Yesterday I spent the day with a colleague delivering a training day aimed at new or potential DSpace administrators as part of my role working with the Repositories Support Project (known as the RSP).
We had a fun, interesting and busy day talking about DSpace, but a few hiccups along the way.
With each event we run, we learn new things about planning and delivering events. Whilst we’ve never had a bad event, there have been issues from time to time. With this event, the main issue was the hardware provided to us in the training suite at New Horizons in Birmingham. The staff were great, and the facilities good, the food was excellent, but the PCs were, ummm, a little on the old side! We were teaching DSpace, which is a piece of server software, so requires quite a bit of ‘infrastructure’ in terms of software requisities. Each trainee had their own PC with a copy of DSpace installed so that they had their own copy to mess about with, configure, and populate. To make this a little easier, we used the Ubuntu Linux distribution.
So when we combined Ubuntu (not a lightweight distro) with Postgres, Java, Tomcat, and Cocoon, lets just say that the poor 7 year old Pentium 866’s with 256 MB of RAM couldn’t quite cope. In fact, they couldn’t cope at all! Our other problem was that we’d configured the machines to launch Firefox as soon as they booted, so that the users were presented with DSpace straight away. Firefox had two tabs opened automatically upon startup, one for the JSP interface, and one for Manakin the XML interface. This meant that Tomcat then had to startup these web applications, at which point the whole machine came unusable and started swapping like crazy.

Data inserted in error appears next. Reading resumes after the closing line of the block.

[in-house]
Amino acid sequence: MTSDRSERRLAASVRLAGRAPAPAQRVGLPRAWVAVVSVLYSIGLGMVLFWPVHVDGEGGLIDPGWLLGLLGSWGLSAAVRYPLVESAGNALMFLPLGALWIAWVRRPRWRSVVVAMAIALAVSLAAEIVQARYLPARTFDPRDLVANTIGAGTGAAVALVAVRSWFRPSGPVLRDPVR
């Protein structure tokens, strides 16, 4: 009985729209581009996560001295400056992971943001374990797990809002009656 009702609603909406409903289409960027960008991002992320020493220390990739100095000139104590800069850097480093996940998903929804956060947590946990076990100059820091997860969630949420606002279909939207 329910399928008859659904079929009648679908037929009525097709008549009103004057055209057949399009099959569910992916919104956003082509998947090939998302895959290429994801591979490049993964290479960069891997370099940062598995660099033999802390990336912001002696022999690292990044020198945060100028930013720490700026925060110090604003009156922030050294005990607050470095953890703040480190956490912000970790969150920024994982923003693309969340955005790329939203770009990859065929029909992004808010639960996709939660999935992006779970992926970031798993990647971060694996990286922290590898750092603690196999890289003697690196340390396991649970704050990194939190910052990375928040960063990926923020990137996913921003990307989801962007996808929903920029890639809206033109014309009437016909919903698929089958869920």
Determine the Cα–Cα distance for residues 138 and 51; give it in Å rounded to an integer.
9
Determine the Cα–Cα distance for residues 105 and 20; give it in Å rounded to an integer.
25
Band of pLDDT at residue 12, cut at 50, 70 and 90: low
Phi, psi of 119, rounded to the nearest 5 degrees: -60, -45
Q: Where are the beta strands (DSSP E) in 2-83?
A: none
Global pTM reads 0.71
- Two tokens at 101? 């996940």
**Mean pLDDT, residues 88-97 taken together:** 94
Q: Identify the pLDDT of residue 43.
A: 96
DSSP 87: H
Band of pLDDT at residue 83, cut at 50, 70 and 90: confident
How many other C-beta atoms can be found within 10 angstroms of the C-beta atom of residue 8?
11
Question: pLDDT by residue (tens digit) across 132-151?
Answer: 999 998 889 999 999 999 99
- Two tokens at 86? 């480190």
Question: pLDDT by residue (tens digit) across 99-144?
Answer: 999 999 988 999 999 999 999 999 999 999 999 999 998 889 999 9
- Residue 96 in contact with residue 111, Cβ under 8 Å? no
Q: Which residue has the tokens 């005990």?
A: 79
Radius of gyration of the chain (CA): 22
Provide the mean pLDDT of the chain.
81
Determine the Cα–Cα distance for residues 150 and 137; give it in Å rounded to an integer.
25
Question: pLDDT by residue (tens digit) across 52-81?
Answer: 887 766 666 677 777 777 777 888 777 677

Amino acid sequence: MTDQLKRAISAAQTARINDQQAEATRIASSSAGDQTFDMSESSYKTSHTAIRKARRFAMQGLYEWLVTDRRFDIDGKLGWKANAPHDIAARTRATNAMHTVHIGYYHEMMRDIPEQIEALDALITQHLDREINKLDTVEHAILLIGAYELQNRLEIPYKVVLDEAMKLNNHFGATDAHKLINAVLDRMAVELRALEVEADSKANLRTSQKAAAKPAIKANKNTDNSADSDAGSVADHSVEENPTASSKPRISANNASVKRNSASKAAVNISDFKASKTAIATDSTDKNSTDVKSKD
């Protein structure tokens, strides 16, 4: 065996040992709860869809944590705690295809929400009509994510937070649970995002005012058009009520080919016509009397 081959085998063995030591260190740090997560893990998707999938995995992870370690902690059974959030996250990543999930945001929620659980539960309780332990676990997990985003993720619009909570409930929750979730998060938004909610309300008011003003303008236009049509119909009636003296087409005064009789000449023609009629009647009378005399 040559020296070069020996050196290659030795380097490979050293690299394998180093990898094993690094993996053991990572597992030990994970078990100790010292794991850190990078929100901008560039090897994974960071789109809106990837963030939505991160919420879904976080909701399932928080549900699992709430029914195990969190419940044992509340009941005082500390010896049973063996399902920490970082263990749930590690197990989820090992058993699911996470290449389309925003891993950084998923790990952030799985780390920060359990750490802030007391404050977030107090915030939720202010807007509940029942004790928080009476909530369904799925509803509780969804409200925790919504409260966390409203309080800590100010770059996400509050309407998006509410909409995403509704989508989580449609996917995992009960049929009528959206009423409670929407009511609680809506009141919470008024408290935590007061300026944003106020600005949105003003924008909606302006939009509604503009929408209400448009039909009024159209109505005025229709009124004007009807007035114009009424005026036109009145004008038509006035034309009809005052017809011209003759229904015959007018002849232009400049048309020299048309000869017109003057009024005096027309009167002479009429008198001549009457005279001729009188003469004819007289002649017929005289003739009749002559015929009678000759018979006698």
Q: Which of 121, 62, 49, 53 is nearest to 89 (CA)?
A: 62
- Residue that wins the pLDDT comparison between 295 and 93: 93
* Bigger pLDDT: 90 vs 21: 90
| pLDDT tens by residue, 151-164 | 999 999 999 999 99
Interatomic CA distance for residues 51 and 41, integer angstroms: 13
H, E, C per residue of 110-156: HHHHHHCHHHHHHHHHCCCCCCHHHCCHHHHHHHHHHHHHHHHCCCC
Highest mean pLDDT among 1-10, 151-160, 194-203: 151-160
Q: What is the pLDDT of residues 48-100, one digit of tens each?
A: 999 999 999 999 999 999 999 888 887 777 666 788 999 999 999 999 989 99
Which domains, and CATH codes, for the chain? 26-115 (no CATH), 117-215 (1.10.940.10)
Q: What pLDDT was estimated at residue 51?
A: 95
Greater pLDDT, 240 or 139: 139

Our solution was to run round each machine and delete the more resource intensive Manakin user interface, and teach the course using the JSP interface instead. Even then, the machines were slow, so we had a lot of the trainees using one of our test servers back in the office instead.
So what is the lesson to be learnt from this?
Make sure you agree (in writing) the spec of the machines that you’ll be provided with at a training suite.
It sounds obvious, and we were probably just naive to assume that a PC training company would have machines that weren’t quite so old. But we live and learn, and have now negotiated a better room for our next course. Now to get the agreement in writing….